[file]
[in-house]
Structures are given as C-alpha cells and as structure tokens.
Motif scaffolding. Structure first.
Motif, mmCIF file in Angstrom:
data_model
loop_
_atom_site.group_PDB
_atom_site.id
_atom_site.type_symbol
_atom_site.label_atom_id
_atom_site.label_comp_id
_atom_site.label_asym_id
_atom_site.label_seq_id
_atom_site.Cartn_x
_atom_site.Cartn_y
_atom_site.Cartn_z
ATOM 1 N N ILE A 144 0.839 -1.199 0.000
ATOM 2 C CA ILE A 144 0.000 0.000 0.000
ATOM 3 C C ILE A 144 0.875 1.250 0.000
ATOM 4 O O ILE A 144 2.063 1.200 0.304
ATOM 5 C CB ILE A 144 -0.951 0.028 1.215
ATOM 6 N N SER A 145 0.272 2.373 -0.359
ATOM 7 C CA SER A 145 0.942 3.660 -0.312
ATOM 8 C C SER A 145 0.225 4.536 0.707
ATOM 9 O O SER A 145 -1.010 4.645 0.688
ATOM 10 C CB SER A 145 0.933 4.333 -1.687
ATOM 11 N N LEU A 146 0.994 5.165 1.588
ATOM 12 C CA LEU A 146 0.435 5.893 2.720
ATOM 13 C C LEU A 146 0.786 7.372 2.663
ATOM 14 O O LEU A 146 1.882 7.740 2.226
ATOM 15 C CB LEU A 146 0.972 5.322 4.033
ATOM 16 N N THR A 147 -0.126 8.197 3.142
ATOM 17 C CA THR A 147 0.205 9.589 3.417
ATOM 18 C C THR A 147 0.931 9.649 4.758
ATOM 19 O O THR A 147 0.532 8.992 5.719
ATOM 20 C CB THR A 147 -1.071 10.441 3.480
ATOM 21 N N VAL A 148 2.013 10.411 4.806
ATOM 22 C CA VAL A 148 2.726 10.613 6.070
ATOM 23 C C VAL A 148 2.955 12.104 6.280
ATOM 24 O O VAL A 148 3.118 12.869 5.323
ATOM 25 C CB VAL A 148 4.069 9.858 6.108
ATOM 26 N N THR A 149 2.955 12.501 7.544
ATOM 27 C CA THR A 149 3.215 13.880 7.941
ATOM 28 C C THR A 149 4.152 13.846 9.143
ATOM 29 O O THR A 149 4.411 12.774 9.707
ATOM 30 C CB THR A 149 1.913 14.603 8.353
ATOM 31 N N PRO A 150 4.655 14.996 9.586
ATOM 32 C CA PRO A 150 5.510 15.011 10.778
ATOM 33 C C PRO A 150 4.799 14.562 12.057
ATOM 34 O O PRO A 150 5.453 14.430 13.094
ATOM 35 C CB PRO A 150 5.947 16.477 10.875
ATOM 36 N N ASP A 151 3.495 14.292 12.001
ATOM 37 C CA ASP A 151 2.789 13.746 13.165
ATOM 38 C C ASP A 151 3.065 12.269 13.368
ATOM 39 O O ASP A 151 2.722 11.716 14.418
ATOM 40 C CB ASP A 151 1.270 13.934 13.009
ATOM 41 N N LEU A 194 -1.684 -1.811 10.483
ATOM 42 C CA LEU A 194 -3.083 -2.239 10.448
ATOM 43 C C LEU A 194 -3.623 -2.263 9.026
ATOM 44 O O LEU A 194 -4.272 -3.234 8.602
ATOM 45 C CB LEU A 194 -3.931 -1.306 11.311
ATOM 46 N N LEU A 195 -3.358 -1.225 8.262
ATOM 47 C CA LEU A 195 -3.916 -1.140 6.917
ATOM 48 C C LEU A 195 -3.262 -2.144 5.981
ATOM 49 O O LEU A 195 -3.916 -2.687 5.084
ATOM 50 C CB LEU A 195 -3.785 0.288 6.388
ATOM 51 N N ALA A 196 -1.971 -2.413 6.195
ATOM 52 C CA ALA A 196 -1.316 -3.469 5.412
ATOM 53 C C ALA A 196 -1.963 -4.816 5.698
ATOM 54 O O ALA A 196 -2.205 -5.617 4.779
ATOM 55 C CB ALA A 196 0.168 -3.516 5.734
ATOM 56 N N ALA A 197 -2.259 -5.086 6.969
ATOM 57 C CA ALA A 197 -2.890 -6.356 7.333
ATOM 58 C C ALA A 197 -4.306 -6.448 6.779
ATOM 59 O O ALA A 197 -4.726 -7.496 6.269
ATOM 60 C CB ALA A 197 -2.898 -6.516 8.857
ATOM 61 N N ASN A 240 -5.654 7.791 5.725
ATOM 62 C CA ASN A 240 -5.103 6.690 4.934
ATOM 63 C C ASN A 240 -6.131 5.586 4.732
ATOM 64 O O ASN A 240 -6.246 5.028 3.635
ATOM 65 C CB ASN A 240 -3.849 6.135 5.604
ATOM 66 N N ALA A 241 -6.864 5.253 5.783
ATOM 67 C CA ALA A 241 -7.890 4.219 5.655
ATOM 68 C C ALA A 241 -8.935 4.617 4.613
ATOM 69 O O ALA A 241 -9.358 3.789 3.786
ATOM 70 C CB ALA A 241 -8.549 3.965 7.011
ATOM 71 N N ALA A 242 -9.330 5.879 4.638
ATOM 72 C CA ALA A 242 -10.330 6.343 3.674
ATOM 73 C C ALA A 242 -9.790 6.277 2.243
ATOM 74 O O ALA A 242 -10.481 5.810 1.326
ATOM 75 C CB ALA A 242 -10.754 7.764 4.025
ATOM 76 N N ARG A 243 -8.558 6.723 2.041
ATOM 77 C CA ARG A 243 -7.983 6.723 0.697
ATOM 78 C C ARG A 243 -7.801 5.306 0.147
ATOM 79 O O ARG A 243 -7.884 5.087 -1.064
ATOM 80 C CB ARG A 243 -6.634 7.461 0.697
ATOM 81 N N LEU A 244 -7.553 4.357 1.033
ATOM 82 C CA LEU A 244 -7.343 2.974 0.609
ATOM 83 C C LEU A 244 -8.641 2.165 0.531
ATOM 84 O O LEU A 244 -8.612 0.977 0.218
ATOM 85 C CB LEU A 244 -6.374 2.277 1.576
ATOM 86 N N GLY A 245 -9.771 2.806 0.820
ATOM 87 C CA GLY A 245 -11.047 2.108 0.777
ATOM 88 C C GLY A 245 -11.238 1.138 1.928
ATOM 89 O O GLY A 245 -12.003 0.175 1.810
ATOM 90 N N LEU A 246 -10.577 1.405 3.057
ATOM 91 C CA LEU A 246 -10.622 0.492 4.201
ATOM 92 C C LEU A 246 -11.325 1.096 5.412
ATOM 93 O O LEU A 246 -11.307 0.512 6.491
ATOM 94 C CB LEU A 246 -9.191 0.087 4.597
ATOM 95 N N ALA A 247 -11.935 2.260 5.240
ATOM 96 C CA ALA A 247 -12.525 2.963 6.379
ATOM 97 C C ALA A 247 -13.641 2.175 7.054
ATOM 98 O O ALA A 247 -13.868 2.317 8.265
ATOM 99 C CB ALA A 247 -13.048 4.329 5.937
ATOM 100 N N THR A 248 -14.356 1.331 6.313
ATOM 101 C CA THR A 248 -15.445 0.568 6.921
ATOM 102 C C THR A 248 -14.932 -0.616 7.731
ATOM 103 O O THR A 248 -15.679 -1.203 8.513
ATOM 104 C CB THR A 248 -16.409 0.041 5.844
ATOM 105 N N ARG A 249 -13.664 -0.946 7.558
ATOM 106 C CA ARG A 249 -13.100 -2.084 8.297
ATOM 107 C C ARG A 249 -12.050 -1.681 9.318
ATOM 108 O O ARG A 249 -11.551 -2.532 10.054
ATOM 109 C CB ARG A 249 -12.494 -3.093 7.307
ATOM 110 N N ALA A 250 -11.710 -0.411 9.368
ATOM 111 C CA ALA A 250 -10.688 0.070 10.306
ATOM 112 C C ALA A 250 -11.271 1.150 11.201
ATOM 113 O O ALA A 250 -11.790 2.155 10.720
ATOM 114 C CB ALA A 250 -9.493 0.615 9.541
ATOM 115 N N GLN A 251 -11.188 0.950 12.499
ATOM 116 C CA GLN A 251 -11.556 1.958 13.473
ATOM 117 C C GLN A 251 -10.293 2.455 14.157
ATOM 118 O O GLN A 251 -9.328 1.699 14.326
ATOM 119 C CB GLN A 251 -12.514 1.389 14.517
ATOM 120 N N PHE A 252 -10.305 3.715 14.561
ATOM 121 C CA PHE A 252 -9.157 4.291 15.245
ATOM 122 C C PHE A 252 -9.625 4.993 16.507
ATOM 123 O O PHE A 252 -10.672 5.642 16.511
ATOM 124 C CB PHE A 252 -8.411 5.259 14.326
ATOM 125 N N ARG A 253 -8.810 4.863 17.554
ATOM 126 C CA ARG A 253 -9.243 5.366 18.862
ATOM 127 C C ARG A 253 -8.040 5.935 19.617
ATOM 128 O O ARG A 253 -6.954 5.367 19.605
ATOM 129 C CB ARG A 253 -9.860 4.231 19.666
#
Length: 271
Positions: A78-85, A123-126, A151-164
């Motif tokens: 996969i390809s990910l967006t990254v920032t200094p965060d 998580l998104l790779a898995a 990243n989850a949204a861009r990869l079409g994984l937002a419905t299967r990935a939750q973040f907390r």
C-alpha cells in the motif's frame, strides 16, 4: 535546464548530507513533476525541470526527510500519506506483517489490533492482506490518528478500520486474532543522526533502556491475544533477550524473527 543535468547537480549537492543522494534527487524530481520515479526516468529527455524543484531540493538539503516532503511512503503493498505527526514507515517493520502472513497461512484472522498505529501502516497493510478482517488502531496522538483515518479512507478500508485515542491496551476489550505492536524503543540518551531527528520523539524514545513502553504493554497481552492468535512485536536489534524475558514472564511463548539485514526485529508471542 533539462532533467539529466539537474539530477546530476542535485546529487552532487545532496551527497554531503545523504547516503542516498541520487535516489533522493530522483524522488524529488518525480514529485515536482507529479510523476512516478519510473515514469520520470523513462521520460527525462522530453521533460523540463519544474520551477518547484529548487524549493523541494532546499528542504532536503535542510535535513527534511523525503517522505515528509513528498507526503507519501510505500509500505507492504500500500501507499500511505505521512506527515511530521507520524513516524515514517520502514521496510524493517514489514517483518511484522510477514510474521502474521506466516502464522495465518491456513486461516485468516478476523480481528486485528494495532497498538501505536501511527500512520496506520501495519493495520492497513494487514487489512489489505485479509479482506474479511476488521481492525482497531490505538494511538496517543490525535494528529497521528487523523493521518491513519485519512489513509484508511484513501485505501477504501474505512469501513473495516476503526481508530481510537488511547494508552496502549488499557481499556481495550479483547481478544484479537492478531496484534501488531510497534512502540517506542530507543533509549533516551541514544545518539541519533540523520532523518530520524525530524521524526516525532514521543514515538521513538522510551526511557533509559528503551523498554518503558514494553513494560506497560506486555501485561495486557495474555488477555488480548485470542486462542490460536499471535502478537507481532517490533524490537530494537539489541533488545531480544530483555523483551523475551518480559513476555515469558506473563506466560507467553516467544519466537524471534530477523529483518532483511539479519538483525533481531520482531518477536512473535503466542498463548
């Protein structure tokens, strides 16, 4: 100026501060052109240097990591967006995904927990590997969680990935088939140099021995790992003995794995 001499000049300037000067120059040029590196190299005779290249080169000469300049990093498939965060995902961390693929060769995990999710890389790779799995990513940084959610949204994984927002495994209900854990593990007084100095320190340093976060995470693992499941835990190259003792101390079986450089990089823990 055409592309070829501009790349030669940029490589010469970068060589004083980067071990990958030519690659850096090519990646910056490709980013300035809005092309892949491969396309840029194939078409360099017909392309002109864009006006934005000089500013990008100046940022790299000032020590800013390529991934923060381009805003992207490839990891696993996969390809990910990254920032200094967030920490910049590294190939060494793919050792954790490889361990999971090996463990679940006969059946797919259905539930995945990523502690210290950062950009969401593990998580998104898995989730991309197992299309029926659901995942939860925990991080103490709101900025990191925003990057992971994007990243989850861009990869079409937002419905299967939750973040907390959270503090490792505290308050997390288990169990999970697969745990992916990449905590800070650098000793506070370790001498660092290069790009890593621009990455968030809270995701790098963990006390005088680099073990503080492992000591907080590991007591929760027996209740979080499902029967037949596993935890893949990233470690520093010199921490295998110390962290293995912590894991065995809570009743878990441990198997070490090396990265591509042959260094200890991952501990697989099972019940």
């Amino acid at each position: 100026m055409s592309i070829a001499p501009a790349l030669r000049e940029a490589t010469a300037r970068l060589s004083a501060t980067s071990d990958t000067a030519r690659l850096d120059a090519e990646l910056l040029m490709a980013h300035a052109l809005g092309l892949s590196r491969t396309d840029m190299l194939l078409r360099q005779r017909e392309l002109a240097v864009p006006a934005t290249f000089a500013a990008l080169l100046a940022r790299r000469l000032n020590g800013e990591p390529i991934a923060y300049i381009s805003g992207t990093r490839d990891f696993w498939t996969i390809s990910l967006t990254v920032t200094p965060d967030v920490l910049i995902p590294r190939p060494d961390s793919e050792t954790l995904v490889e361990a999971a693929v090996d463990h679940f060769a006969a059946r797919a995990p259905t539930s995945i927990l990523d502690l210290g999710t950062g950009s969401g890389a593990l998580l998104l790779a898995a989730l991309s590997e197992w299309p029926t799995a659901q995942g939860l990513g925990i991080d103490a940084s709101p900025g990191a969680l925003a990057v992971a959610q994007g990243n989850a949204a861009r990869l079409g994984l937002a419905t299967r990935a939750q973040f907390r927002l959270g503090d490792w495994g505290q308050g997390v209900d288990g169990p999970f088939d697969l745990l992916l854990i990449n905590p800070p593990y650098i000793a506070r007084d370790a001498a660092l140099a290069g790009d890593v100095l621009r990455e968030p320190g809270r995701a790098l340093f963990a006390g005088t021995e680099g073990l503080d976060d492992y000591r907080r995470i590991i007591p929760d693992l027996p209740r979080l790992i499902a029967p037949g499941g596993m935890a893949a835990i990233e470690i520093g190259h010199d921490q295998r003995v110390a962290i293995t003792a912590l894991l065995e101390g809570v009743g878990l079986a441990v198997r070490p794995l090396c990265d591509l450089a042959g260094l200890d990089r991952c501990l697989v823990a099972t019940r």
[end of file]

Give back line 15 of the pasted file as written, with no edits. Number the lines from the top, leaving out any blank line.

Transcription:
_atom_site.Cartn_y